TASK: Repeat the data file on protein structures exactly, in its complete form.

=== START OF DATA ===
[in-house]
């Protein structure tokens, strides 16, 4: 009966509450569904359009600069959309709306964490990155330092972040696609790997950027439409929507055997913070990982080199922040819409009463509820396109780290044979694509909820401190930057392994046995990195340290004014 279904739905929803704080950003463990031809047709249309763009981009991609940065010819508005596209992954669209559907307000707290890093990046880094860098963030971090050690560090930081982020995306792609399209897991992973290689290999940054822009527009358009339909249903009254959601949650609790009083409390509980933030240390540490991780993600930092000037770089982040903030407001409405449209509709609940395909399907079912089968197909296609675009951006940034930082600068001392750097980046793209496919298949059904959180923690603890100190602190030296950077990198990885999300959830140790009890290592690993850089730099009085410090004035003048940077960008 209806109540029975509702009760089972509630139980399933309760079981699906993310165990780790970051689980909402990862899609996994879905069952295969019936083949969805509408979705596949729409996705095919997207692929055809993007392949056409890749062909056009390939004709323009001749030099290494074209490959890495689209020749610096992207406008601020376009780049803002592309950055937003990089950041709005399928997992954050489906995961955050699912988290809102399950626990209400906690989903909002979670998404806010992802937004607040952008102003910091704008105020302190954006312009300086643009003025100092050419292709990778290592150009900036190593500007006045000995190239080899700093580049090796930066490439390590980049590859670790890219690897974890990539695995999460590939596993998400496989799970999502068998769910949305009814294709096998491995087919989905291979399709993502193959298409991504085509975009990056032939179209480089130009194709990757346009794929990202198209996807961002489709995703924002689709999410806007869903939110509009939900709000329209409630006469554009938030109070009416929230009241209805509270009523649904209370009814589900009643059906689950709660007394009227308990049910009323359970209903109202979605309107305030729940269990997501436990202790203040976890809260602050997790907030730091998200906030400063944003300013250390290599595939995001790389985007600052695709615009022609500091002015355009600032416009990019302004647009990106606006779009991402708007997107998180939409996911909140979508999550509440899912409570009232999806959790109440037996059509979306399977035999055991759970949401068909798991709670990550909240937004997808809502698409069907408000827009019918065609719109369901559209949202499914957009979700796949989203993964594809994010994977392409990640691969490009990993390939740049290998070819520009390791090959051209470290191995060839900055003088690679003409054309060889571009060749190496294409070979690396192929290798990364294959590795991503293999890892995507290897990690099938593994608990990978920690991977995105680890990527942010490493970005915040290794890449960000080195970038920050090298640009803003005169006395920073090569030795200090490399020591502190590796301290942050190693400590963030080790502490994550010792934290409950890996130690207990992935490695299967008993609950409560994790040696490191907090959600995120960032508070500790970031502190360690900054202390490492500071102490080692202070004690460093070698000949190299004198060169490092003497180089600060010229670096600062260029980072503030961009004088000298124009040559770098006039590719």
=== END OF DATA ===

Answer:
[in-house]
């Protein structure tokens, strides 16, 4: 009966509450569904359009600069959309709306964490990155330092972040696609790997950027439409929507055997913070990982080199922040819409009463509820396109780290044979694509909820401190930057392994046995990195340290004014 279904739905929803704080950003463990031809047709249309763009981009991609940065010819508005596209992954669209559907307000707290890093990046880094860098963030971090050690560090930081982020995306792609399209897991992973290689290999940054822009527009358009339909249903009254959601949650609790009083409390509980933030240390540490991780993600930092000037770089982040903030407001409405449209509709609940395909399907079912089968197909296609675009951006940034930082600068001392750097980046793209496919298949059904959180923690603890100190602190030296950077990198990885999300959830140790009890290592690993850089730099009085410090004035003048940077960008 209806109540029975509702009760089972509630139980399933309760079981699906993310165990780790970051689980909402990862899609996994879905069952295969019936083949969805509408979705596949729409996705095919997207692929055809993007392949056409890749062909056009390939004709323009001749030099290494074209490959890495689209020749610096992207406008601020376009780049803002592309950055937003990089950041709005399928997992954050489906995961955050699912988290809102399950626990209400906690989903909002979670998404806010992802937004607040952008102003910091704008105020302190954006312009300086643009003025100092050419292709990778290592150009900036190593500007006045000995190239080899700093580049090796930066490439390590980049590859670790890219690897974890990539695995999460590939596993998400496989799970999502068998769910949305009814294709096998491995087919989905291979399709993502193959298409991504085509975009990056032939179209480089130009194709990757346009794929990202198209996807961002489709995703924002689709999410806007869903939110509009939900709000329209409630006469554009938030109070009416929230009241209805509270009523649904209370009814589900009643059906689950709660007394009227308990049910009323359970209903109202979605309107305030729940269990997501436990202790203040976890809260602050997790907030730091998200906030400063944003300013250390290599595939995001790389985007600052695709615009022609500091002015355009600032416009990019302004647009990106606006779009991402708007997107998180939409996911909140979508999550509440899912409570009232999806959790109440037996059509979306399977035999055991759970949401068909798991709670990550909240937004997808809502698409069907408000827009019918065609719109369901559209949202499914957009979700796949989203993964594809994010994977392409990640691969490009990993390939740049290998070819520009390791090959051209470290191995060839900055003088690679003409054309060889571009060749190496294409070979690396192929290798990364294959590795991503293999890892995507290897990690099938593994608990990978920690991977995105680890990527942010490493970005915040290794890449960000080195970038920050090298640009803003005169006395920073090569030795200090490399020591502190590796301290942050190693400590963030080790502490994550010792934290409950890996130690207990992935490695299967008993609950409560994790040696490191907090959600995120960032508070500790970031502190360690900054202390490492500071102490080692202070004690460093070698000949190299004198060169490092003497180089600060010229670096600062260029980072503030961009004088000298124009040559770098006039590719």